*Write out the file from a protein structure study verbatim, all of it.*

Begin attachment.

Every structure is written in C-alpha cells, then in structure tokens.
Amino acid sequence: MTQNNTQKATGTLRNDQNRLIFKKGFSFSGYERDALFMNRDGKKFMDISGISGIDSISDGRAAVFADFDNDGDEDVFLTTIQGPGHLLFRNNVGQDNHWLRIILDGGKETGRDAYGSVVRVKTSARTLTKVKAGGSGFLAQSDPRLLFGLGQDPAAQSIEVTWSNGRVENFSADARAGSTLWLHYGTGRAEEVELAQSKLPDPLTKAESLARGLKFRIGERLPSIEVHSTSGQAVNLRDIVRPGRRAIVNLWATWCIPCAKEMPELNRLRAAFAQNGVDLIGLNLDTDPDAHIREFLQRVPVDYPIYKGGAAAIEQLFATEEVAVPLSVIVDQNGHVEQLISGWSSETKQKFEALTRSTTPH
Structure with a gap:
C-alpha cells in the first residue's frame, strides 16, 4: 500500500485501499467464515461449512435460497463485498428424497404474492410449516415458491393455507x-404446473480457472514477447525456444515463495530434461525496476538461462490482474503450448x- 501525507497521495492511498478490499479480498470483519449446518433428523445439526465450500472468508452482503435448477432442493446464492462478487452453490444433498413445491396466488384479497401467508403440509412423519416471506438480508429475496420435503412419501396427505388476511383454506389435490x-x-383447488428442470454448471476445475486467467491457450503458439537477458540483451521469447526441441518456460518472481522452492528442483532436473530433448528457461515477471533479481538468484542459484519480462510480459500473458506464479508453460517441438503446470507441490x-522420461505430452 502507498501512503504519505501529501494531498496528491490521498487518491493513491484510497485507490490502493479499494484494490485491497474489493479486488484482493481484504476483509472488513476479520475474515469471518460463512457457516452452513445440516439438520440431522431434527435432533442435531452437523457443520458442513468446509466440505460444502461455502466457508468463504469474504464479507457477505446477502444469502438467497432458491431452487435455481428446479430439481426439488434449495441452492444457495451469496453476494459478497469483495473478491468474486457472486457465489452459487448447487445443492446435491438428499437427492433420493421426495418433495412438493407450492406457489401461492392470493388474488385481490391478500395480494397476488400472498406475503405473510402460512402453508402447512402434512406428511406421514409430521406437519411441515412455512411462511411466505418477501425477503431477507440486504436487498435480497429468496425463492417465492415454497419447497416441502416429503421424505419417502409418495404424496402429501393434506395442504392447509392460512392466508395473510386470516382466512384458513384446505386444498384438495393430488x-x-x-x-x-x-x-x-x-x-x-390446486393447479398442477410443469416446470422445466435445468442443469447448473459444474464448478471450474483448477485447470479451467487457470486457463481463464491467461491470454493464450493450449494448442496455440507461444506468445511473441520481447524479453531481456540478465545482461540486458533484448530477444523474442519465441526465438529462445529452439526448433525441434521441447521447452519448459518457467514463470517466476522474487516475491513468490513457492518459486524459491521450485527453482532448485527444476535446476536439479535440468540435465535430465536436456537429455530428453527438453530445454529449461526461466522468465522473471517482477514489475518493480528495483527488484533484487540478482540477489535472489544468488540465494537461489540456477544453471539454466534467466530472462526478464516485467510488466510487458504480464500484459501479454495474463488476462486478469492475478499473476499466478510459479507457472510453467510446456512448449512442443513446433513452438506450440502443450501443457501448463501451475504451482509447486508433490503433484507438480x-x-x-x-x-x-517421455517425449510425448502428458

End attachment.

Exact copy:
Every structure is written in C-alpha cells, then in structure tokens.
Amino acid sequence: MTQNNTQKATGTLRNDQNRLIFKKGFSFSGYERDALFMNRDGKKFMDISGISGIDSISDGRAAVFADFDNDGDEDVFLTTIQGPGHLLFRNNVGQDNHWLRIILDGGKETGRDAYGSVVRVKTSARTLTKVKAGGSGFLAQSDPRLLFGLGQDPAAQSIEVTWSNGRVENFSADARAGSTLWLHYGTGRAEEVELAQSKLPDPLTKAESLARGLKFRIGERLPSIEVHSTSGQAVNLRDIVRPGRRAIVNLWATWCIPCAKEMPELNRLRAAFAQNGVDLIGLNLDTDPDAHIREFLQRVPVDYPIYKGGAAAIEQLFATEEVAVPLSVIVDQNGHVEQLISGWSSETKQKFEALTRSTTPH
Structure with a gap:
C-alpha cells in the first residue's frame, strides 16, 4: 500500500485501499467464515461449512435460497463485498428424497404474492410449516415458491393455507x-404446473480457472514477447525456444515463495530434461525496476538461462490482474503450448x- 501525507497521495492511498478490499479480498470483519449446518433428523445439526465450500472468508452482503435448477432442493446464492462478487452453490444433498413445491396466488384479497401467508403440509412423519416471506438480508429475496420435503412419501396427505388476511383454506389435490x-x-383447488428442470454448471476445475486467467491457450503458439537477458540483451521469447526441441518456460518472481522452492528442483532436473530433448528457461515477471533479481538468484542459484519480462510480459500473458506464479508453460517441438503446470507441490x-522420461505430452 502507498501512503504519505501529501494531498496528491490521498487518491493513491484510497485507490490502493479499494484494490485491497474489493479486488484482493481484504476483509472488513476479520475474515469471518460463512457457516452452513445440516439438520440431522431434527435432533442435531452437523457443520458442513468446509466440505460444502461455502466457508468463504469474504464479507457477505446477502444469502438467497432458491431452487435455481428446479430439481426439488434449495441452492444457495451469496453476494459478497469483495473478491468474486457472486457465489452459487448447487445443492446435491438428499437427492433420493421426495418433495412438493407450492406457489401461492392470493388474488385481490391478500395480494397476488400472498406475503405473510402460512402453508402447512402434512406428511406421514409430521406437519411441515412455512411462511411466505418477501425477503431477507440486504436487498435480497429468496425463492417465492415454497419447497416441502416429503421424505419417502409418495404424496402429501393434506395442504392447509392460512392466508395473510386470516382466512384458513384446505386444498384438495393430488x-x-x-x-x-x-x-x-x-x-x-390446486393447479398442477410443469416446470422445466435445468442443469447448473459444474464448478471450474483448477485447470479451467487457470486457463481463464491467461491470454493464450493450449494448442496455440507461444506468445511473441520481447524479453531481456540478465545482461540486458533484448530477444523474442519465441526465438529462445529452439526448433525441434521441447521447452519448459518457467514463470517466476522474487516475491513468490513457492518459486524459491521450485527453482532448485527444476535446476536439479535440468540435465535430465536436456537429455530428453527438453530445454529449461526461466522468465522473471517482477514489475518493480528495483527488484533484487540478482540477489535472489544468488540465494537461489540456477544453471539454466534467466530472462526478464516485467510488466510487458504480464500484459501479454495474463488476462486478469492475478499473476499466478510459479507457472510453467510446456512448449512442443513446433513452438506450440502443450501443457501448463501451475504451482509447486508433490503433484507438480x-x-x-x-x-x-517421455517425449510425448502428458